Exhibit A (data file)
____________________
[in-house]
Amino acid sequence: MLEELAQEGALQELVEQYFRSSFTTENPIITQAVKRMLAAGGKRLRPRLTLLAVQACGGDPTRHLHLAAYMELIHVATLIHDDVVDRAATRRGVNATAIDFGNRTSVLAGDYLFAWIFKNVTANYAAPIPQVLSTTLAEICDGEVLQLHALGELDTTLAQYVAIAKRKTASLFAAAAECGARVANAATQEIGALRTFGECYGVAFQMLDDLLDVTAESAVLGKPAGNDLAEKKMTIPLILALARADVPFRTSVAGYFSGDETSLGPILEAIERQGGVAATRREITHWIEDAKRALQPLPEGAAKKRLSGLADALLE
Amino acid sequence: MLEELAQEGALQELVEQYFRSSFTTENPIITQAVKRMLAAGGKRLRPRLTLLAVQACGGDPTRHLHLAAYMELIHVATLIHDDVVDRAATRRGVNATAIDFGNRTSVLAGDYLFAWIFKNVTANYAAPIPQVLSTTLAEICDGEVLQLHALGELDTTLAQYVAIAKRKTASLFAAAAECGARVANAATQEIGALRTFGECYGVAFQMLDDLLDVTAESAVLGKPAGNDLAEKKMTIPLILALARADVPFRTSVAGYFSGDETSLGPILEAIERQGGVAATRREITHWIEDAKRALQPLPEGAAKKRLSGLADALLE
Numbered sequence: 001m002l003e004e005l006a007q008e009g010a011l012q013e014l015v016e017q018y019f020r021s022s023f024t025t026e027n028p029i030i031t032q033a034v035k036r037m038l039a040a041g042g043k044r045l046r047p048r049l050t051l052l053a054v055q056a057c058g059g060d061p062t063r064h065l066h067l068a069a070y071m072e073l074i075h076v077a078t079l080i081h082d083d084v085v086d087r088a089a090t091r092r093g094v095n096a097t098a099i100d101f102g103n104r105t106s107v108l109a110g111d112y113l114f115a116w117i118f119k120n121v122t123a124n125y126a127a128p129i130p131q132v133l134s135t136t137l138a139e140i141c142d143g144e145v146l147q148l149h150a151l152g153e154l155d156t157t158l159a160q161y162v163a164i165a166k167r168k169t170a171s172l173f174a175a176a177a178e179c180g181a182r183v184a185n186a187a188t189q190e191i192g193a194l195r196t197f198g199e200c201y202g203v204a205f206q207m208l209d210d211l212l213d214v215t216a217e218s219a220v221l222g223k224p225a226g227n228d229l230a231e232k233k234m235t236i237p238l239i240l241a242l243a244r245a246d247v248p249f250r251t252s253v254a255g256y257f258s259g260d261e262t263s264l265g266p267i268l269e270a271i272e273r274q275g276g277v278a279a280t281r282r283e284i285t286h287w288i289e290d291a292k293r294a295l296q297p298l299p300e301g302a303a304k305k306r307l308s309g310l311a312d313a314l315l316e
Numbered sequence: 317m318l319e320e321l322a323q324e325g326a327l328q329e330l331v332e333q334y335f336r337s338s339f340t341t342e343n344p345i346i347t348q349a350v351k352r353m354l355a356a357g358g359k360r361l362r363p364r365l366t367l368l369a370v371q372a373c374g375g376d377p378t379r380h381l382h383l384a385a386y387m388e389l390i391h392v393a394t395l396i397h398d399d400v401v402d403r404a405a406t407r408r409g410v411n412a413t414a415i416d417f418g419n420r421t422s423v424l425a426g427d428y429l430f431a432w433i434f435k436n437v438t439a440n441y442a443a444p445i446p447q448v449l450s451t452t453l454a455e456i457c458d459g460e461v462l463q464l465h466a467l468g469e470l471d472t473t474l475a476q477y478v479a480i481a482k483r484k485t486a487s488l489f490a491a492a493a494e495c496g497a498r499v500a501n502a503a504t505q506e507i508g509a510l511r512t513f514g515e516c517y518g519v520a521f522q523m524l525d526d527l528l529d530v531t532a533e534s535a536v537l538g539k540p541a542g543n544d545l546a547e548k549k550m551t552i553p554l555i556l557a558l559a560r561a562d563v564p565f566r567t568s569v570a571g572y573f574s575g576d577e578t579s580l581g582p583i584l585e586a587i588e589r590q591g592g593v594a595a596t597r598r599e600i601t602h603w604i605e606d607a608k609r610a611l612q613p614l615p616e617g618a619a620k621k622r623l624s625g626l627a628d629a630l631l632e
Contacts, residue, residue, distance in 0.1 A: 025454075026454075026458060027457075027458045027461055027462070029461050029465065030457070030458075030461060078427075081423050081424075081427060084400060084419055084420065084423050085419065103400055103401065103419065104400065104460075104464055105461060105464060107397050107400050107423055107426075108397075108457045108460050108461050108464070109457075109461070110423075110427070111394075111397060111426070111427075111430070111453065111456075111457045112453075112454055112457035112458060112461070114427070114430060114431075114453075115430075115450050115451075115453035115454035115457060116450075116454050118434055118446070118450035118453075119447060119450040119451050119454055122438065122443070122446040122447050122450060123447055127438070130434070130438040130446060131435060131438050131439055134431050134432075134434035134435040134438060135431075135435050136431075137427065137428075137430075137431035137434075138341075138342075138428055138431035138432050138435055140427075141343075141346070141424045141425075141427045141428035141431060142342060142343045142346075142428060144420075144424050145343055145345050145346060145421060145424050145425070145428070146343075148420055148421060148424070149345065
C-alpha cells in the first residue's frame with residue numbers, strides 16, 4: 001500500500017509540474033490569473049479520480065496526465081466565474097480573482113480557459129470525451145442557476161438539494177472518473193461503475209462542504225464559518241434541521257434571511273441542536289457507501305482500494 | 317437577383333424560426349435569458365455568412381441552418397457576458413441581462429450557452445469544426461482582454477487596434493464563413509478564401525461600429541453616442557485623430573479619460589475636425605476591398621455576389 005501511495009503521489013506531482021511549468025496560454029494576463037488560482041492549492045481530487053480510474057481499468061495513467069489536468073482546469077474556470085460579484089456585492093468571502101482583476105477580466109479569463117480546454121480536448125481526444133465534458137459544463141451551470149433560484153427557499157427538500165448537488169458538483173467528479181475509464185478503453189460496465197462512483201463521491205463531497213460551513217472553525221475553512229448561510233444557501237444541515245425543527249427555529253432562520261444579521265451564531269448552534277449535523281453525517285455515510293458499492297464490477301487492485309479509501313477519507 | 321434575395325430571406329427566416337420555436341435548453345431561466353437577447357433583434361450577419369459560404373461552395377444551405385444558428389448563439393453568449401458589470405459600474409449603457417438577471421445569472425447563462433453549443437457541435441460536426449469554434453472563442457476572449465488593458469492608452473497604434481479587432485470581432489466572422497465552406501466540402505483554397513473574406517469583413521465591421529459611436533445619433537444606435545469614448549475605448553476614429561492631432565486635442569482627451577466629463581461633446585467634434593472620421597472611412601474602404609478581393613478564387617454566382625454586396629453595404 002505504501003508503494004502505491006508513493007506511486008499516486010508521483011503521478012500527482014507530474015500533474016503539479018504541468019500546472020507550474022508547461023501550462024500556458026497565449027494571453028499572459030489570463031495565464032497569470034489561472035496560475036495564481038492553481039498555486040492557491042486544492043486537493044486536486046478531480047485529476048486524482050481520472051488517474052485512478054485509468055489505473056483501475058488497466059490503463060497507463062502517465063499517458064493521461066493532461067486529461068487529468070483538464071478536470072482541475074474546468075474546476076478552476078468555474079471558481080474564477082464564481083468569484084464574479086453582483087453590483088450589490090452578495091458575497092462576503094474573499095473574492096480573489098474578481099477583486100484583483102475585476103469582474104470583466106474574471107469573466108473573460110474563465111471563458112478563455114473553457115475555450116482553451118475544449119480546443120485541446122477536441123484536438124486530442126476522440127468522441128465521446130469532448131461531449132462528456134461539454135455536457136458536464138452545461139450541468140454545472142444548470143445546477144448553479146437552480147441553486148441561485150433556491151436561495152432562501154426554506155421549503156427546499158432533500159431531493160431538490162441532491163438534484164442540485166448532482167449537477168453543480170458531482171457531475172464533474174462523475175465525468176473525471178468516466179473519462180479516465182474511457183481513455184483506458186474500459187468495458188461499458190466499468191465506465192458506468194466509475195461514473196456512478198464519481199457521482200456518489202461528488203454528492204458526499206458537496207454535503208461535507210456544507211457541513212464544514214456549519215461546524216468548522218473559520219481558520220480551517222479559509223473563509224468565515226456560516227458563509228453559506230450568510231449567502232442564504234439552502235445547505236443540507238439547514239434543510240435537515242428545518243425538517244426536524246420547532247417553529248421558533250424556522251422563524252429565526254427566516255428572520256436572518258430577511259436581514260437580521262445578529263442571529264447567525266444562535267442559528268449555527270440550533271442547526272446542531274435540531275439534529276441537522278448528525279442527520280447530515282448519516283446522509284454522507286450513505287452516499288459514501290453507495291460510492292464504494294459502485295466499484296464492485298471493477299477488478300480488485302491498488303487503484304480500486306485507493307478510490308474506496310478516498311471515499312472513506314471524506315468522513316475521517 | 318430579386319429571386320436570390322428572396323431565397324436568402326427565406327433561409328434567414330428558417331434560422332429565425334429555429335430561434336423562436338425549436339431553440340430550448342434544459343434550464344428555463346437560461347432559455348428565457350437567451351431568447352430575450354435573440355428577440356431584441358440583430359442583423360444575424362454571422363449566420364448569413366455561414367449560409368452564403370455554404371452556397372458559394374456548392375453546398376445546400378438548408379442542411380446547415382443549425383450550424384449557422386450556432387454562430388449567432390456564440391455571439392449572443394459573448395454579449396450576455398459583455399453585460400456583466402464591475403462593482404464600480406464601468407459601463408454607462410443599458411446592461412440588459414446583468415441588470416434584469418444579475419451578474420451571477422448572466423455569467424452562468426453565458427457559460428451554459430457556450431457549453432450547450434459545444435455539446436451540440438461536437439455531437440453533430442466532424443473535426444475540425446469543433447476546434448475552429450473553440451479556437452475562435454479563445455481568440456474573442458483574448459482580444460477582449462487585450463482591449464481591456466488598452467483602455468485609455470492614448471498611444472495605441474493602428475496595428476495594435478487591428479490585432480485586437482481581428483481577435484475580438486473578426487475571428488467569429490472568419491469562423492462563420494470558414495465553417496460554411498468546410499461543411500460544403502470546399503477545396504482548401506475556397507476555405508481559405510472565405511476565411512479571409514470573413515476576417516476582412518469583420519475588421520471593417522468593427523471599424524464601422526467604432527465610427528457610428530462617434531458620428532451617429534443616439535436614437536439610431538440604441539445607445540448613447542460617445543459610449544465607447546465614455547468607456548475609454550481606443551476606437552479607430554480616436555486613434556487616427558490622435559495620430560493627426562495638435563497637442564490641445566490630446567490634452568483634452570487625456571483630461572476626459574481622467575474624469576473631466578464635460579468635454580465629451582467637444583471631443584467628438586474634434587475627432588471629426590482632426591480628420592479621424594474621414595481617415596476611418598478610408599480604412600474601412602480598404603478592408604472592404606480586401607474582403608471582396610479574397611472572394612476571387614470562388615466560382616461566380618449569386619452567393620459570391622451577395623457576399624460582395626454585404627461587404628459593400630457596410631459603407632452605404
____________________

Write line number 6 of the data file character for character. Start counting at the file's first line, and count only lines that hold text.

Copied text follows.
Contacts, residue, residue, distance in 0.1 A: 025454075026454075026458060027457075027458045027461055027462070029461050029465065030457070030458075030461060078427075081423050081424075081427060084400060084419055084420065084423050085419065103400055103401065103419065104400065104460075104464055105461060105464060107397050107400050107423055107426075108397075108457045108460050108461050108464070109457075109461070110423075110427070111394075111397060111426070111427075111430070111453065111456075111457045112453075112454055112457035112458060112461070114427070114430060114431075114453075115430075115450050115451075115453035115454035115457060116450075116454050118434055118446070118450035118453075119447060119450040119451050119454055122438065122443070122446040122447050122450060123447055127438070130434070130438040130446060131435060131438050131439055134431050134432075134434035134435040134438060135431075135435050136431075137427065137428075137430075137431035137434075138341075138342075138428055138431035138432050138435055140427075141343075141346070141424045141425075141427045141428035141431060142342060142343045142346075142428060144420075144424050145343055145345050145346060145421060145424050145425070145428070146343075148420055148421060148424070149345065